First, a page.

Better Notams, Faster Airport Development?

Congress acts on a couple of industry's wish-list items.


Separate bills passed by the U.S. House of Representatives in mid-June were developed to help improve the Notice to Airmen (Notam) system and allow incentive payments for early completion of airport projects. The legislation, H.R. 1262, the Notice to Airman Improvement Act of 2021, introduced by U.S. Rep. Pete Stauber (R-Minn.) and cosponsored by U.S. Rep. Mark DeSaulnier (D-Calif.), and H.R. 468, the Expedited Delivery of Airport Infrastructure Act of 2021, sponsored by U.S. Reps. Sam Graves (R-Mo.) and Garret Graves (R-La.) passed the House the same day on noncontroversial, bipartisan voice votes. They now are before the U.S. Senate.

Rep. Stauber’s Notice to Airman Improvement Act of 2021 is the latest Congressional attempt to address the dissemination of critical aeronautical information updates. “Modern aviation is incredibly safe, but in order to keep it that way, we must constantly work to improve upon safety protocols,” Stauber said in a news release. “That’s why I am proud to lead legislation that will help iron-out the kinks in the NOTAM system and make both commercial and general aviation even safer than it already is.”

'Sully' Nominated To Become ICAO Ambassador

President Biden on June 15 nominated retired US Airways Captain Chesley B. “Sully” Sullenberger III to serve as U.S. ambassador to the Council of the International Civil Aviation Organization (ICAO). Sullenberger was captain of an Airbus A320 that suffered a dual flameout when it encountered a flock of birds on January 15, 2009, shortly after taking off from New York’s LaGuardia Airport.

The resulting ditching of the Airbus into the Hudson River became known as the “Miracle on the Hudson.” He and First Officer Jeff Skiles, as well as the flight’s cabin crew, were instrumental in the survival of all 155 aboard.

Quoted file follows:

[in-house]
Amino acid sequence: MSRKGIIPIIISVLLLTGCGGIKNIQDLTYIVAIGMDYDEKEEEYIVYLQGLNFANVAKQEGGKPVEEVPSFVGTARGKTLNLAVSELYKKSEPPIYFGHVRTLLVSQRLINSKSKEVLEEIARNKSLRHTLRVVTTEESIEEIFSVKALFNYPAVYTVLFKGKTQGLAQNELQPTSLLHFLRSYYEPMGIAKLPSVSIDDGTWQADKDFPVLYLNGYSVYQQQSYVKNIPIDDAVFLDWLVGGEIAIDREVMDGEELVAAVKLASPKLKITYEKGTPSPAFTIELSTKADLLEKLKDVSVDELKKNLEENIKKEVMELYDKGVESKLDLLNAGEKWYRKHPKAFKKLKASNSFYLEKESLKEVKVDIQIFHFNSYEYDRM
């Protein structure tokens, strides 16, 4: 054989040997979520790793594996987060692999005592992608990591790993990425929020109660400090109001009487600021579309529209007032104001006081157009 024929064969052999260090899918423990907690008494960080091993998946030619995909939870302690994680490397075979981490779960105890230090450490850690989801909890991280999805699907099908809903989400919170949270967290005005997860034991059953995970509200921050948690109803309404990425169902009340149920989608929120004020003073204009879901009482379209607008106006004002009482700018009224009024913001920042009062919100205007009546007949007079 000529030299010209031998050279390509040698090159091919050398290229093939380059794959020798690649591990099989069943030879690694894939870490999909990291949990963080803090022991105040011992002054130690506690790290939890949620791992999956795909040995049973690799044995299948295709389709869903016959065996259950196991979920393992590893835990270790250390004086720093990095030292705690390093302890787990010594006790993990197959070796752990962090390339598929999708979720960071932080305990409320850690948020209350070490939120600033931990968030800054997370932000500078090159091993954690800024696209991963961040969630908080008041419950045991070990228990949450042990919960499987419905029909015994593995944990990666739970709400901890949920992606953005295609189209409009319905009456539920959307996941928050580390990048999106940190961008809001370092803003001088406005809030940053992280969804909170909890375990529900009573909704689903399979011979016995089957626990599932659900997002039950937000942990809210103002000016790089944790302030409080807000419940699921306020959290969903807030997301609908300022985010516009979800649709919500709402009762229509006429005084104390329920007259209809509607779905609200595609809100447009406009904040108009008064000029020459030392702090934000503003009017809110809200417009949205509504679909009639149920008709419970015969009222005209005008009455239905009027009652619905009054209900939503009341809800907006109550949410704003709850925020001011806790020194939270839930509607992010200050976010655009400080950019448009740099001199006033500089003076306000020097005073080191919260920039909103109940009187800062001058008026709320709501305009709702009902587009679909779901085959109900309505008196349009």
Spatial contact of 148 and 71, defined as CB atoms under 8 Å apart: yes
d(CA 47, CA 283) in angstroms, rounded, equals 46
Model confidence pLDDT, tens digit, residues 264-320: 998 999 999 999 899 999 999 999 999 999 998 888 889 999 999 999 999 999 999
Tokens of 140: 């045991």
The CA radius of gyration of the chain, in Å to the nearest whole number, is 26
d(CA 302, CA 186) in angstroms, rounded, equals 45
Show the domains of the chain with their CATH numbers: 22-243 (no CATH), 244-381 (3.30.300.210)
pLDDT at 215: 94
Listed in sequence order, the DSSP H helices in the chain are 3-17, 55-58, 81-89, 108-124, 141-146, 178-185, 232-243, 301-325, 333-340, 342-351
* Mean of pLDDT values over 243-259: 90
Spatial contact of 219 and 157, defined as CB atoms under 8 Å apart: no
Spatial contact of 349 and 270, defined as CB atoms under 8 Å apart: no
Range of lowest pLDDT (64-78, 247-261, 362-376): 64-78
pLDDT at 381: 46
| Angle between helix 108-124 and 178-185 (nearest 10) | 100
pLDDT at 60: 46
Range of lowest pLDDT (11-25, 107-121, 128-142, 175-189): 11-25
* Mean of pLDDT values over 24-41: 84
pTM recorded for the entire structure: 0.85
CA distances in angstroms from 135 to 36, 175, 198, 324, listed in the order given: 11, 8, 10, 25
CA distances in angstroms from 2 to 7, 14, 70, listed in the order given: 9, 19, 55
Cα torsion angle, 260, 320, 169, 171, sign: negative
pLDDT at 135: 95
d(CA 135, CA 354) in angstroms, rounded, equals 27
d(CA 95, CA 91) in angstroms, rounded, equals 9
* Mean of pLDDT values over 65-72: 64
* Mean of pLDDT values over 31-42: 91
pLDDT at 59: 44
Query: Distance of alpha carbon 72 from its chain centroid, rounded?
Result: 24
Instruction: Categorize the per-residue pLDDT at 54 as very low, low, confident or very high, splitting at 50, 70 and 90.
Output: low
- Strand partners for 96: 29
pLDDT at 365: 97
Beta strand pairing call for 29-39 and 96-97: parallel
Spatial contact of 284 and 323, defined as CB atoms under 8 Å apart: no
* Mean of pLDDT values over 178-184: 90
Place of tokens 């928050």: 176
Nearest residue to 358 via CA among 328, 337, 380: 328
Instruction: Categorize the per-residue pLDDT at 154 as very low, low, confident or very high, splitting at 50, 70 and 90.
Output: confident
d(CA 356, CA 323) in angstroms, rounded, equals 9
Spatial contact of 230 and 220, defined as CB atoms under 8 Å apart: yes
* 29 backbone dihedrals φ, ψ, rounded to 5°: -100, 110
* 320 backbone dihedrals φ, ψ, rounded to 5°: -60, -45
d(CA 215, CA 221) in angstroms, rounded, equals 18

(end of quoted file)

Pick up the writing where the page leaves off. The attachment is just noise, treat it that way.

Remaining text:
Aviation organizations were quick to laud the decision. “I can think of no one better to represent U.S. aviation interests at ICAO than Capt. Sullenberger,” said NBAA President and CEO Ed Bolen. “We all know his heroism, and he has been an ardent safety advocate and aviation expert for his entire 50-year flying career. He is also a champion for our industry, repeatedly speaking out for business aviation in public. NBAA strongly supports his ambassadorship.”

“Improving long overdue changes to these safety-of-flight notifications will be very welcomed by pilots,” AOPA Senior Vice President of Government Affairs Jim Coon said in commenting on the Notams bill. 

The Graves’ bill, meanwhile, has a relatively simple purpose: allow FAA Airport Improvement Program funds derived from airline ticket and aviation fuel taxes to be used to make incentive payments to contractors who meet contract specifications for early project completions.

“This is a smart reform that can help deliver airport projects ahead of schedule, relieve operational disruptions at airports caused by unfinished projects, and save money,” said Rep. Sam Graves (R-Mo.), the bill’s lead sponsor, in a news release. “Getting projects done sooner rather than later can essentially provide a similar impact as increasing investment without requiring any additional federal resources,” he added.

Mixed News On Growing The Pilot Population